So old really is gold but there’s plenty of new stuff out this Easter to keep ‘em entertained. I need to plan an itinerary of rewardage for Mini-Me’s patience as I have somehow got myself involved in a musical myself and she has been helping me learn my lines and songs. She’s too good at reading all the other parts and is turning into a nightmare of a stage daughter. It’s quite terrifying hearing a six year old say, “Mummy, you haven’t practiced for a LONG TIME; you need to do your song EVERY DAY otherwise you’ll FORGET EVERYTHING” and most unnervingly hearing her provide cues like “Please, let me get you a drink”. I think I will definitely need one, when the performances are over - and I’m not talking Innocent Smoothie.

So, we’ll do movies (Horton Hears a Who looks like a good bet if I can manage to extract Mini-Me’s face from my cardigan for long enough). Many cinemas lay on special activities at the weekend kids shows. At the moment Mini-me loves Lazy Town so we’ll try to catch the live show at the Hackney Empire 9th & 10th April. Ha! That’ll put me waaaay ahead of Mary Poppins. And we can’t forget the obligatory Easter-themed festivities. Beautiful Kenwood House in Hampstead has an Easter Trail ( and yey! it’s £1 per child! And Lauderdale house, is holding an Eggstravaganza on Easter Sunday at 11am ( Although, to be honest I have a feeling I’ll just about manage to stagger to the Egg Hunt at King George Recreation Ground, Bushey around the corner from where we live.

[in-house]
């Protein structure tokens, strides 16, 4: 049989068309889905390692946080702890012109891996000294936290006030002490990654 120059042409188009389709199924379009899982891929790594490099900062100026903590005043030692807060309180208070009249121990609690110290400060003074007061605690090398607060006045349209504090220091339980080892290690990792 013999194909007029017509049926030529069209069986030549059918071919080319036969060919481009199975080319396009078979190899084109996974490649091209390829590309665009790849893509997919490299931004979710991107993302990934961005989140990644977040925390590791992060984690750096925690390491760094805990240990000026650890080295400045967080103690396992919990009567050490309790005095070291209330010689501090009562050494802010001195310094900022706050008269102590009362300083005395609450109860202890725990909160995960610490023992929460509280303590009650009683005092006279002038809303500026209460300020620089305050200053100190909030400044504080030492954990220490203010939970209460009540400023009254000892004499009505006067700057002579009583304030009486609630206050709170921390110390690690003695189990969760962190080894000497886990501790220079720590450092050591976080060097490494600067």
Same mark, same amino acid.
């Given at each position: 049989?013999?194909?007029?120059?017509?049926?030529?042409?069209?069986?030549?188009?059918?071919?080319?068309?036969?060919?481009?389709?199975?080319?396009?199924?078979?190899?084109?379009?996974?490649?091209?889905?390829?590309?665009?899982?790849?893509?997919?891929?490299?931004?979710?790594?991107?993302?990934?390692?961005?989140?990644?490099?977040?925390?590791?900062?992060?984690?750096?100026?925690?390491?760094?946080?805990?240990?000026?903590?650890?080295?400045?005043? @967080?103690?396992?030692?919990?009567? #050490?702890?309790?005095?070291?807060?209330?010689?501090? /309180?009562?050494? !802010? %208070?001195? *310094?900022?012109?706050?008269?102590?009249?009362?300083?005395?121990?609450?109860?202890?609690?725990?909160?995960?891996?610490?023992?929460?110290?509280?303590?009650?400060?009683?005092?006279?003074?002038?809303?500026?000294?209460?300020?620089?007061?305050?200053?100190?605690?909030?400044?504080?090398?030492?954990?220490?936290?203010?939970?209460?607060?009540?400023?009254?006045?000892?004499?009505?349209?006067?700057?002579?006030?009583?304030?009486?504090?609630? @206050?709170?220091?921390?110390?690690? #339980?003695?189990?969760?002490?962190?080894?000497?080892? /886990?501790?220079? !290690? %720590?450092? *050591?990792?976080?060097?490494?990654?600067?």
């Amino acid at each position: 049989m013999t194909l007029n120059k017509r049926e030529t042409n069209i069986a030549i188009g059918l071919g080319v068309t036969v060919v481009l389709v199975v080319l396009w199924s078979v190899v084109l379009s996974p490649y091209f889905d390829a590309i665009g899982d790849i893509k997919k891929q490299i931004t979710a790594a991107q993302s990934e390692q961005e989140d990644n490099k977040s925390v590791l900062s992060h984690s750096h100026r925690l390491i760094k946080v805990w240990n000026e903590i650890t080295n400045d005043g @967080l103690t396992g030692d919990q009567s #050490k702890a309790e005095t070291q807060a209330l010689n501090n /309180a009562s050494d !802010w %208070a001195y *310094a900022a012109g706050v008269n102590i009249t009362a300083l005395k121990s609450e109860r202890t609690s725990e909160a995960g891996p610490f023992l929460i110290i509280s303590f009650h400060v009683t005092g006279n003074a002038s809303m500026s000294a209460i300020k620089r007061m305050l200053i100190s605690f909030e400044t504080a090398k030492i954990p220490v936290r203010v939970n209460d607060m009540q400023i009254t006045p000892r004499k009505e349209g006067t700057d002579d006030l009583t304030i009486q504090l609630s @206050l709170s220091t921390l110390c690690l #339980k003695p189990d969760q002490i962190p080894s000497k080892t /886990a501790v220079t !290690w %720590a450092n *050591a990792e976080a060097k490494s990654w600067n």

Angelina Melwani runs Sing and Sign baby signing classes in Harrow, Bushey, Stanmore and Rickmansworth. More info at

Tuesday, 1 January 2008

Mummy on the Edge Families Magazine Jan/ Feb 2008

Mummy waaaaay back from the edge, positively inland.

Angelina Melwani visits the volcanic island of Lanzarote in search of some fun in the sun for Mini-Me… and finds a skill she thought she had lost forever.

What a difference a week of winter sun makes to someone who had resigned herself to never going on holiday until and unless she won one in a competition (thus negating the need to pay for it; the agonising over where to go; and the burden of being blamed should it turn out to be disastrous.)

We were in dire need of a proper break in the sun away from it all. (“It” being a euphemism for so many things, impossible to list within the confines of this column. Just think about your own worst “its” and substitute them.) The truth is, this need had been waxing for about a year, reaching an apex in the middle of our sopping summer, when it seemed every one Mini-Me and I knew was buggering off to climes hotter and more exotic than Bushey. She would come home from school sometimes sullen after her little pals had spent the entire duration of wet play regaling her with magical tales of sun, fun and kiddi-clubs.

“Mummy, one day I would like to go to Mooltah and Disneyworld and Doob-eyed.”